Union home minister Amit Shah tabled the Citizenship (Amendment) Bill in the Upper House, holding 245 members in the Rajya Sabha. The halfway mark is currently 121 as five seats are vacant bringing down the strength of the House to 240.
New Delhi: Union home minister Amit Shah on Wednesday (December 11) said that misinformation is being spread about the Citizenship (Amendment) Bill, 2019 that it is against Muslims of India.
He asserted that the Narendra Modi government is working according to the Constitution and minorities will get full protection.
"Misinformation has been spread that this Bill is against Muslims of India. I want to ask the people how this Bill is related to Indian Muslims? They are Indian citizens and will always remain, no discrimination against them," Shah said in the Rajya Sabha where Citizenship Bill was tabled.
"No Muslim in India needs to worry due to this Bill. Don't get scared if someone tries to scare you. This is Narendra Modi's government working according to the Constitution and minorities will get full protection," he said.
Shah continued, "How will we give citizenship to Muslims coming from all over the world? How will the country function? This is for only religious minorities in three nations."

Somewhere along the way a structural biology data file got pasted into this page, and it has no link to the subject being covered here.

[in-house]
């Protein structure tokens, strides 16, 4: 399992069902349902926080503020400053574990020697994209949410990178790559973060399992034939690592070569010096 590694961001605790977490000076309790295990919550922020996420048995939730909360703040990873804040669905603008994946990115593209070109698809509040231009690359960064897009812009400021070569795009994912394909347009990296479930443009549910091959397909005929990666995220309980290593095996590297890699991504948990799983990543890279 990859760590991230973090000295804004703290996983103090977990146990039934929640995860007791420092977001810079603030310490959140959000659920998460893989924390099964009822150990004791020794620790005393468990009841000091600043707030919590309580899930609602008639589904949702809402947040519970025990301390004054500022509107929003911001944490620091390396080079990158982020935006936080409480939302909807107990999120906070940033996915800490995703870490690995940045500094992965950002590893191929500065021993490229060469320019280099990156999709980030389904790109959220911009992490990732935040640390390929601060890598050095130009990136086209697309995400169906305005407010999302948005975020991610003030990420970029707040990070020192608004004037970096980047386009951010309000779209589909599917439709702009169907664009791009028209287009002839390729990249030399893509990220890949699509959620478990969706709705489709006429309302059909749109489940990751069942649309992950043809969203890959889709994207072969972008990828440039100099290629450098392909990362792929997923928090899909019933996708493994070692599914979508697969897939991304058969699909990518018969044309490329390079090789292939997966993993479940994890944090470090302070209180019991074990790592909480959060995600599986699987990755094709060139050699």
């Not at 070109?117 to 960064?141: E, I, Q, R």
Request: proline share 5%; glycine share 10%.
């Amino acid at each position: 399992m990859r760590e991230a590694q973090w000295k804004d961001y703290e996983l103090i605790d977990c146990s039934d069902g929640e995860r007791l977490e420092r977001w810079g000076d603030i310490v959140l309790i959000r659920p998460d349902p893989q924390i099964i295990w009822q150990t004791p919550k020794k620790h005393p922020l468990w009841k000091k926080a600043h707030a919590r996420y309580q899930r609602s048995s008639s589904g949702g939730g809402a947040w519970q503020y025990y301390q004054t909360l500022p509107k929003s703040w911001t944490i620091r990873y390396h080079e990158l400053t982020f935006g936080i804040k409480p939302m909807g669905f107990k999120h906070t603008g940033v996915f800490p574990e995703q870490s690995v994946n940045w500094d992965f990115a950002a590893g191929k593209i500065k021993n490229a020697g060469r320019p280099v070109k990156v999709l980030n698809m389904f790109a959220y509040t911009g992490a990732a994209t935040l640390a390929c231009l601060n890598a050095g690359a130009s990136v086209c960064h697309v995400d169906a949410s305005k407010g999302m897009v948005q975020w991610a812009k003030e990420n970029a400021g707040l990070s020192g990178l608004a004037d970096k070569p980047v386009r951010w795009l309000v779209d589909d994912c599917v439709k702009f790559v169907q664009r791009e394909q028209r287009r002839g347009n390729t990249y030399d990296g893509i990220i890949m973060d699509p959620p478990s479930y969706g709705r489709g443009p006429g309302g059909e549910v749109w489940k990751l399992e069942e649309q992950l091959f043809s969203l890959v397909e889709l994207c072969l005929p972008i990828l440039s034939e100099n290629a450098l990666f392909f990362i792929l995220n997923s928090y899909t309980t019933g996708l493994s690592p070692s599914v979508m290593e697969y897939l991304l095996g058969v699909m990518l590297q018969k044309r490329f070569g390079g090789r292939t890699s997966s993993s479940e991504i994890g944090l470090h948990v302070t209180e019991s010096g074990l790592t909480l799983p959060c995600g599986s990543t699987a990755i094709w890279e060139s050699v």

The home minister also said that anyone from these religious minorities, who came to India before or the next day of December 31, 2014, will not have to face legal proceedings.
He also said that there has been a 20% decline in the population of religious minorities in Pakistan and Bangladesh respectively.
"This Bill would give hope to people who are living a miserable life. There has been an almost 20% decline each in the population of religious minorities in both Pakistan and present-day Bangladesh. Either they were killed, have changed their religion or they have fled to India for shelter to save themselves and their religion," Shah said in the Upper House.
"They did not get citizenship, rights to buy houses, and education, jobs. This Bill would give rights to those persecuted minorities," he said.
The minister said that his party BJP had mentioned it as one of their election promises.
"During elections, we made the announcement (about the Bill). People gave the mandate for this," he said.
Shah said that there are provisions in the CAB to preserve the rights of north-eastern states, language, culture, and social identity provisions.
The Bill seeks to grant Indian citizenship to refugees from Hindu, Christian, Sikh, Buddhist and Zoroastrian communities fleeing religious persecution from Pakistan, Afghanistan, and Bangladesh who entered India on or before December 31, 2014.
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Last Updated 11, Dec 2019, 1:50 PM